Ghutrah — who designed it?
These and many other questions about the Ghutrah, I felt, warranted some background explanation on this national headdress of Saudi men, particularly after the many responses I got for an earlier article I wrote titled “A young American girl and Saudi Abhaya.”
Not many may be aware that the present day favorite in the Kingdom — red and white-checkered Ghutrah — has its roots in far away London. It arrived in Saudi Arabia only a few decades ago. Many Saudi men also wear white Ghutrah, which is worn with Takeyah (also called Kufyah), worn on the head underneath the Ghutrah, and the black Eqal. The Ghutrah is a squared cloth folded into a triangle.
In olden days, even before the advent of Islam, covering the head in old Arabia was part of a man’s routine. Many believe that the heat had something to do with the headdress. The first known pictures of Arabia showed men wearing a piece of cloth with different colors with a band holding it on top of their heads. There were no stylish white or red and white-checkered Ghutrah then. But photographs taken about 50 years ago show men wearing white Ghutrah. I never saw my father or any one from his generation wearing the checkered red and white Ghutrah. In other words, the red and white Ghutrah was not introduced till about 50 years ago.
As for Eqal, white was the common color but it came in different styles. There are not many old photos of Saudi men wearing black headband. At that time, any rope-like contraption which could hold the Ghutrah was good enough. A picture of British Colonel T.E. Lawrence (Lawrence of Arabia) in 1917 showed him wearing a folded squared piece of cloth as Ghutrah and two thick layers of headband. This style was the most common among many of the tribal leaders.
And for decades, British soldiers wore Guthrah in the desert countries which were part of the British Empire. Historians say that because of the utility of the new British material, many people in the Arab World took to the British style, and they gave it different shapes. It was worn in Iraq, Syria and Jordan and later Palestinians too began wearing it. As time passed, fewer people in these countries wore Ghutrah, but it continued to be the national headdress in the Arabian Gulf countries.
Saudi Arabia saw the introduction of two kinds of Ghutrah — the white one and the red and white-checkered version. Prior to this, a greenish colored Ghutrah was popular among many people and was worn by the old Saudi army and police.
Ironically, at first, the white Ghutrah was not made in any Middle Eastern country. I, however, remember some merchants referring to it as “Swissri” which means from Switzerland. And it was also “Stofel,” which I believe, was a reference to the company that made it. This brand was the most popular till the 1970s. The red and white-checkered Ghutrah was not a fashion statement then among Saudi men. And to this day, I wonder what is the connection between a country like Switzerland and the Saudi Headdress?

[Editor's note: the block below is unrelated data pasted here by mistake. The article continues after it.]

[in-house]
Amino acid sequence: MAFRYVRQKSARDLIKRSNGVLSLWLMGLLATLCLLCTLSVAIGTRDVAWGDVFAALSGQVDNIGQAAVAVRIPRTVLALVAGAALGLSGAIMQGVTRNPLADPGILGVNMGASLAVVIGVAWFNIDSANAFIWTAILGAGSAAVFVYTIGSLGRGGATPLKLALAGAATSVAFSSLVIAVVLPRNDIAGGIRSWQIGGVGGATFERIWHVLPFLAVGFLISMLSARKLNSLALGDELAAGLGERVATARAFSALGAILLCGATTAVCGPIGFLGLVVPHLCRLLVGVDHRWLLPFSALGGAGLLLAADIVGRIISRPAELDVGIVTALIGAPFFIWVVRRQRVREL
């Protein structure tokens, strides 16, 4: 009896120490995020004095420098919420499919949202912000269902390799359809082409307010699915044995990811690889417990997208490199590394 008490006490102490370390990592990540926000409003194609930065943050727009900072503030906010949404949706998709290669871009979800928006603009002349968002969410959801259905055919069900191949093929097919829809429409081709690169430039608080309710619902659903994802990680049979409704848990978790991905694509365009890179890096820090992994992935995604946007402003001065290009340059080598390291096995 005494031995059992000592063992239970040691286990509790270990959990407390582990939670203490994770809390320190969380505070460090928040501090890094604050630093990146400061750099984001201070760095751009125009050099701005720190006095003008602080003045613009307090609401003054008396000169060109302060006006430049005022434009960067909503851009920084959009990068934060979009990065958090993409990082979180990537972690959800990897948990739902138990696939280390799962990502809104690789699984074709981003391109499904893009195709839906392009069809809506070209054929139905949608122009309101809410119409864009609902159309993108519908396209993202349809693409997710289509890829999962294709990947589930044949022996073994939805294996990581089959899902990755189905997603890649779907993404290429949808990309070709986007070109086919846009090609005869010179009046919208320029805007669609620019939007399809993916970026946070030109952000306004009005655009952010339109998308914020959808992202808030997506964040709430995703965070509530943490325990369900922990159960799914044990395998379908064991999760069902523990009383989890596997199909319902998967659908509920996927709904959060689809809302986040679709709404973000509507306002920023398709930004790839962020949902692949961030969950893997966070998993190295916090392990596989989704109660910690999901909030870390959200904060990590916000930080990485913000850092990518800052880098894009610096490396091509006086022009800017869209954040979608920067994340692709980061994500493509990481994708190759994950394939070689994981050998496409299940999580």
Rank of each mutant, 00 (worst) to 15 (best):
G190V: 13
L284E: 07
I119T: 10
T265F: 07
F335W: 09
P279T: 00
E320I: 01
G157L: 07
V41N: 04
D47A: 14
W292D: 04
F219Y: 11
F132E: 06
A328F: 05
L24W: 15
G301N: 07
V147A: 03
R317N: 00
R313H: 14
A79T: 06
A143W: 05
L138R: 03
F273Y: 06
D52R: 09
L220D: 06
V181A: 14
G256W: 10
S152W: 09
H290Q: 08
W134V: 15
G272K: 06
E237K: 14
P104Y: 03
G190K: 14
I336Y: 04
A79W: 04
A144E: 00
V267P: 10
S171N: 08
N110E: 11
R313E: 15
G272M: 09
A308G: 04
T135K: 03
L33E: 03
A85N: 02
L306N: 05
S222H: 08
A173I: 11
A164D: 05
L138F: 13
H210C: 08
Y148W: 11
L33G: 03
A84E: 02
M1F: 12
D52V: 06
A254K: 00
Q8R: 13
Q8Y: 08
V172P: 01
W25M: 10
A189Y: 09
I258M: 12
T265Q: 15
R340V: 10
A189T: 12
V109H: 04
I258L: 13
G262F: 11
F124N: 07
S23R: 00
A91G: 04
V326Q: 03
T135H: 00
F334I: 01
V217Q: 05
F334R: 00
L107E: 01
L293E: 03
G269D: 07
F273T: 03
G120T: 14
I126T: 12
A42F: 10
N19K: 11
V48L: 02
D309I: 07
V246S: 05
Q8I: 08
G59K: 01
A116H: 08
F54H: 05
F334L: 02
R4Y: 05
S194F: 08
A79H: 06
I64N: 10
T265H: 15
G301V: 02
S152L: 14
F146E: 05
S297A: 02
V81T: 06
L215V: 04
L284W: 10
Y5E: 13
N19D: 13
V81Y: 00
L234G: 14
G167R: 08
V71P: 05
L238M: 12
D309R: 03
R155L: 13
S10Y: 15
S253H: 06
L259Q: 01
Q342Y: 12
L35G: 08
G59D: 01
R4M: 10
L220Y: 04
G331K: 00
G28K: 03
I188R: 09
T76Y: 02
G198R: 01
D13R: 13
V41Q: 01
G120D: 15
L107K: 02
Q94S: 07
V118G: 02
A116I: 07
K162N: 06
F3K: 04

As I said earlier, the red and white checkered Ghutrah came from London. When people got stylish, the headband that holds the Ghutrah became black, which is still the most popular, nay the only color, seen in Saudi Arabia. Surprisingly, many people are still puzzled as to why the red and white-checkered Ghutrah became popular in Saudi Arabia. Many in Palestine wear the black and white checkered Ghutrah. And to be frank, I am glad we chose the white and the red and white Ghutrahs. So, the Saudi national headdress was designed in the United Kingdom and Switzerland.
Even now, the Saudi headdress is still the same shape and worn the same way as when it was introduced, but, the fabric and material are getting more stylish and comes in different designs. Just like the Saudi women’s Abayah, today’s Ghutrah fabric and the different designs come from well-known international brands such as Dunhill and Gucci.
It is, however, important to note that even in Saudi Arabia and other Gulf Countries, the Ghutrah is worn in different ways and styles which can be spotted even by foreigners. For example, it is very easy for many who are exposed to different styles of Ghutrah to say which part of the Kingdom people came from just by looking at the way the Ghutrah is worn. Also, it is easy for many who have lived in the Gulf for a long time to differentiate between a Saudi, Qatari, Bahraini, Kuwaiti, Omani or an Emirati by the way they were the headdress. While Saudis prefer the red and white Ghutrah, men from other Gulf countries wear the white Ghutrah. As for Omanis and many from the UAE, they wear it in a turban style using variety of colors. But, at the end of the day, it was the British and the Swiss who gave us the modern day Ghutrah design.
• This article is exclusive to Arab News.
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